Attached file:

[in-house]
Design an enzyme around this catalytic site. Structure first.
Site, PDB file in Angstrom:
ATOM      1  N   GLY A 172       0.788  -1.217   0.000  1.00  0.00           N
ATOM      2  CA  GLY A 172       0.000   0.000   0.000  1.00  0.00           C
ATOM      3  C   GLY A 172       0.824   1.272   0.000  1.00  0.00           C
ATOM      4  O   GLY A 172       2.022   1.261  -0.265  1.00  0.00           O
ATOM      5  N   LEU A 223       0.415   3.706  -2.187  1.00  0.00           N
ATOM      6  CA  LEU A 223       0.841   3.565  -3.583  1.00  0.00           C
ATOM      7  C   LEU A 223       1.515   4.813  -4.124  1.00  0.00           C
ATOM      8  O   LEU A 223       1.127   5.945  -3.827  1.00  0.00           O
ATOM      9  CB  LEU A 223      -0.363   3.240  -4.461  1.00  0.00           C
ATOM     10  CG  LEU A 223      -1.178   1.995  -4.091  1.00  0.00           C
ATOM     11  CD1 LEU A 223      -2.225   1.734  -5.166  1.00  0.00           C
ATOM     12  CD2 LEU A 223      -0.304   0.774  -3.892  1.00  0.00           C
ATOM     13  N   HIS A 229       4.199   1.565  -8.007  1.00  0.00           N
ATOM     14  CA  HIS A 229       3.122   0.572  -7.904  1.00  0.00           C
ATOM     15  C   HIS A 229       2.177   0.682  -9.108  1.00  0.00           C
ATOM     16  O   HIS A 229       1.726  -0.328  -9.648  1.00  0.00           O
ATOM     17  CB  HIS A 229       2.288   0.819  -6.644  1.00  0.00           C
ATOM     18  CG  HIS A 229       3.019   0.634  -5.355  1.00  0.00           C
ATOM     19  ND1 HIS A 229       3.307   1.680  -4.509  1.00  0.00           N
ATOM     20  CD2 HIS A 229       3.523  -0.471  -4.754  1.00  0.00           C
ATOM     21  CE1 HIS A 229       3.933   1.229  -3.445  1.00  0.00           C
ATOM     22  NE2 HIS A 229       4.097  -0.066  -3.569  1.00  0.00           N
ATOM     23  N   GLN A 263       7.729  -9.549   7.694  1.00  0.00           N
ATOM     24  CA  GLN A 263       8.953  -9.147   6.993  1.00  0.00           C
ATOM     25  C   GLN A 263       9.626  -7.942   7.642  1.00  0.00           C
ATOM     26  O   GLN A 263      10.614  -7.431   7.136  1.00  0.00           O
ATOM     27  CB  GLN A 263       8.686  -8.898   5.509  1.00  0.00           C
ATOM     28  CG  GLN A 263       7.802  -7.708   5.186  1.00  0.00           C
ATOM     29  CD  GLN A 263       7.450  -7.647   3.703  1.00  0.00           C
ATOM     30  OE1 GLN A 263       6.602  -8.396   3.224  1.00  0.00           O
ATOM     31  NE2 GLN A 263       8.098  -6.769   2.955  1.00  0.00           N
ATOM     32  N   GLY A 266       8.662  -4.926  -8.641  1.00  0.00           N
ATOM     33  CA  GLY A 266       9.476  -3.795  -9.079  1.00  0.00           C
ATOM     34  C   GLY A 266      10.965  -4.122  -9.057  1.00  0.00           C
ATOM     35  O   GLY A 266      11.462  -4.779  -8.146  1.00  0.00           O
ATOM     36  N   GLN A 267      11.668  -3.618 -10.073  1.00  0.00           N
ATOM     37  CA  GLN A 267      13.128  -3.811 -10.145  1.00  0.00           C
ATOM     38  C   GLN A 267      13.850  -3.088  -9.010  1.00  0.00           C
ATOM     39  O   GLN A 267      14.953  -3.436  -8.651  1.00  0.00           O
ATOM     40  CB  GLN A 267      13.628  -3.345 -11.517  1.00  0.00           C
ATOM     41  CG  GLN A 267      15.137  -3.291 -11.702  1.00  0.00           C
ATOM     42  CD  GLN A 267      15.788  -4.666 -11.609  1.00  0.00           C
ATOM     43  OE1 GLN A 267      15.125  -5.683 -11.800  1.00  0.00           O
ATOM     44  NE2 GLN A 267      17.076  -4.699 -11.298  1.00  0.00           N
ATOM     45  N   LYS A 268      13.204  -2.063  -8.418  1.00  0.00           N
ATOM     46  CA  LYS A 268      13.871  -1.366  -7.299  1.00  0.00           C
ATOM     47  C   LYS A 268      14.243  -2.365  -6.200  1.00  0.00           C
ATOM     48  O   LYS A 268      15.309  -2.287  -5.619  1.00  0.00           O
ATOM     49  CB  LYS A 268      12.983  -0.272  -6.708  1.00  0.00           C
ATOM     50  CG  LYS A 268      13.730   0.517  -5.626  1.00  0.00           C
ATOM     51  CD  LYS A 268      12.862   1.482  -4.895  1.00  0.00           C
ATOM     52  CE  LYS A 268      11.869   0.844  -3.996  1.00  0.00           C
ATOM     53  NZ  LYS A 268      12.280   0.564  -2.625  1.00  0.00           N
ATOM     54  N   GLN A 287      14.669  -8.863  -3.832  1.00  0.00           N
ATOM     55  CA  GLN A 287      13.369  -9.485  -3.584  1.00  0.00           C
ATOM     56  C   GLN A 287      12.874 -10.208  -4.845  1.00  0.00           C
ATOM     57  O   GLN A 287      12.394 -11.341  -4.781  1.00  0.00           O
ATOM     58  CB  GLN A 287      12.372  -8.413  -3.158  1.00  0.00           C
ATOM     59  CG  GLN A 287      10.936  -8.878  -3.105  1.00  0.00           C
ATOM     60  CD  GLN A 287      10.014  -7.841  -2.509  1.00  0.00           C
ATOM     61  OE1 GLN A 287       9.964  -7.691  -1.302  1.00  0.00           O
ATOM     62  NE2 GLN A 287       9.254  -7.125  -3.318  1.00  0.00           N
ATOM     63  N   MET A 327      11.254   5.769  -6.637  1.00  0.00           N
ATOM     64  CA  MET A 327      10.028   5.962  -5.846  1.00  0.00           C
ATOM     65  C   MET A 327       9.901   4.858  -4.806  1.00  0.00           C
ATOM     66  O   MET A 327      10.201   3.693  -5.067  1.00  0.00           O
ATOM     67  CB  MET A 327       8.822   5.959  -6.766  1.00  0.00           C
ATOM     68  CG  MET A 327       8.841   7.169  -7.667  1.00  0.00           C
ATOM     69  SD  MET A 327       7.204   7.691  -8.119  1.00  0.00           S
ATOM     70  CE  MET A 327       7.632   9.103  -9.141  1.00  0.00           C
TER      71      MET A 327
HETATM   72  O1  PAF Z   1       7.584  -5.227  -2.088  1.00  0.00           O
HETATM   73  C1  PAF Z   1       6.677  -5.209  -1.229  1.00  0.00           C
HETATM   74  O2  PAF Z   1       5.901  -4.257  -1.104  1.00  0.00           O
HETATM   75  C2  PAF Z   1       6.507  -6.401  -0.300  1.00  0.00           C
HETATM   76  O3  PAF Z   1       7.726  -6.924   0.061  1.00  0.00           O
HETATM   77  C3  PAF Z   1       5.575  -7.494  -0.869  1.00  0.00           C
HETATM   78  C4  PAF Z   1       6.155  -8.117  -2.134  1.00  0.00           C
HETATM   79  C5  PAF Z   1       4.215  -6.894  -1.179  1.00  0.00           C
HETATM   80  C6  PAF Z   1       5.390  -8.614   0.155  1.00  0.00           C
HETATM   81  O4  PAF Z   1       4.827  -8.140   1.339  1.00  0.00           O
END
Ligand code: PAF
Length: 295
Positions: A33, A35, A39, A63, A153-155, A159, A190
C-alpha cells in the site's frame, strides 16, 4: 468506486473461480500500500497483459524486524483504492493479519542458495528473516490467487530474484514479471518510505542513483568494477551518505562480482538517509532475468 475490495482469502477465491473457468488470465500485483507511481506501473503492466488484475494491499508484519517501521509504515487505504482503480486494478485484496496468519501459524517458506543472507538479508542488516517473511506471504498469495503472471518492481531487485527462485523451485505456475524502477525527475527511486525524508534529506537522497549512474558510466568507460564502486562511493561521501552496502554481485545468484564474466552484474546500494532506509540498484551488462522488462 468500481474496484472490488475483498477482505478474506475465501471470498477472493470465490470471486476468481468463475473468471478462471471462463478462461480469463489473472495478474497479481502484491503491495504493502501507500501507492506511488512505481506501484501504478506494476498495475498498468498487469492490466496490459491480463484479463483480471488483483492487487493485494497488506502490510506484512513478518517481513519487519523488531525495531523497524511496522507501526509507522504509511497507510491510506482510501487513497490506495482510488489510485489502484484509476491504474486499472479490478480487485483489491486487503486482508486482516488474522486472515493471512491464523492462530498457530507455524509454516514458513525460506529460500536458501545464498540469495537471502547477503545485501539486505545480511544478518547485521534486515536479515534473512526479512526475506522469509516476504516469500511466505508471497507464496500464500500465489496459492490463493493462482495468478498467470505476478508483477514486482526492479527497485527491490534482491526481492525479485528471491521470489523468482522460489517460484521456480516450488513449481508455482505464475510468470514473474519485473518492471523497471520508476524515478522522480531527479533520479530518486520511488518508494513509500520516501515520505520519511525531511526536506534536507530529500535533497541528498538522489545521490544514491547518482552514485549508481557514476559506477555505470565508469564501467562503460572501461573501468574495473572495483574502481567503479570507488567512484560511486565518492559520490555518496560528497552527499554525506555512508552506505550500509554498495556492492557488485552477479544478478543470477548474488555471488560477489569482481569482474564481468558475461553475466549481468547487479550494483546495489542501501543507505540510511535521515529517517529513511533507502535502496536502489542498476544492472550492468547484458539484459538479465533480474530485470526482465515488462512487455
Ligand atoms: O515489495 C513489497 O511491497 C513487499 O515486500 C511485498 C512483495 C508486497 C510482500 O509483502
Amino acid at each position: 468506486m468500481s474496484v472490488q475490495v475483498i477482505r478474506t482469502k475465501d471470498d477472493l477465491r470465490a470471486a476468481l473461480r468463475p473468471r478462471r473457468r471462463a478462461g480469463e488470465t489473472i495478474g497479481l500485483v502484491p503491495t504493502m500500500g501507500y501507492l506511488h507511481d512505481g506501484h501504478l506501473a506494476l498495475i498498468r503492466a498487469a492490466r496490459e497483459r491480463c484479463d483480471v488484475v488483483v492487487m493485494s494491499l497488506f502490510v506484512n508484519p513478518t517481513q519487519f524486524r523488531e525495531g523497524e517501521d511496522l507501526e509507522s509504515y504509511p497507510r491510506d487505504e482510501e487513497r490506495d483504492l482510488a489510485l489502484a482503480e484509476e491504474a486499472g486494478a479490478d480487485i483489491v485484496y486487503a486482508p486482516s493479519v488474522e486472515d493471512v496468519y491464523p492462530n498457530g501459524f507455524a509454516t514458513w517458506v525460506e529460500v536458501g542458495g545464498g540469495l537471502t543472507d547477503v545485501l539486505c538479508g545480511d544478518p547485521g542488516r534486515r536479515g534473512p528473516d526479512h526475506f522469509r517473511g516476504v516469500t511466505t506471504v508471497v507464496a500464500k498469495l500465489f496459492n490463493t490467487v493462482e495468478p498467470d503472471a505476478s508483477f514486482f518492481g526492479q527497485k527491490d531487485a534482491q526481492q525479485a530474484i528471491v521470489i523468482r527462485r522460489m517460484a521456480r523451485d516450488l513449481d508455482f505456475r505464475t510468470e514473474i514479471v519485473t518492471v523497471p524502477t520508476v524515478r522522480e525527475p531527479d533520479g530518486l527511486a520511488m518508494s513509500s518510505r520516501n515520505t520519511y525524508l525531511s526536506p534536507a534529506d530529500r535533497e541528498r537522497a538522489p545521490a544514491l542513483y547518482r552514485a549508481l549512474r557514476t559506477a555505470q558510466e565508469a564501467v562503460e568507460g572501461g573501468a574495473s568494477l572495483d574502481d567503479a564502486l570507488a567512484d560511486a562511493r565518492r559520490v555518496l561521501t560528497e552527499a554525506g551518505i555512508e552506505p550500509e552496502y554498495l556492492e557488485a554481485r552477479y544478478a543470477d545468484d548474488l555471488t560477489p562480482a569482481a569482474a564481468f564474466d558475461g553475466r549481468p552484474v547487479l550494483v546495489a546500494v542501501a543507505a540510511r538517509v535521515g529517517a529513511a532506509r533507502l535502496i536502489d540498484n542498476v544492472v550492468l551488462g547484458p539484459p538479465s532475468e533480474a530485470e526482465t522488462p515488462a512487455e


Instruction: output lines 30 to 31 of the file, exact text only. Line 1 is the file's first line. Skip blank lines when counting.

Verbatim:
ATOM     27  CB  GLN A 263       8.686  -8.898   5.509  1.00  0.00           C
ATOM     28  CG  GLN A 263       7.802  -7.708   5.186  1.00  0.00           C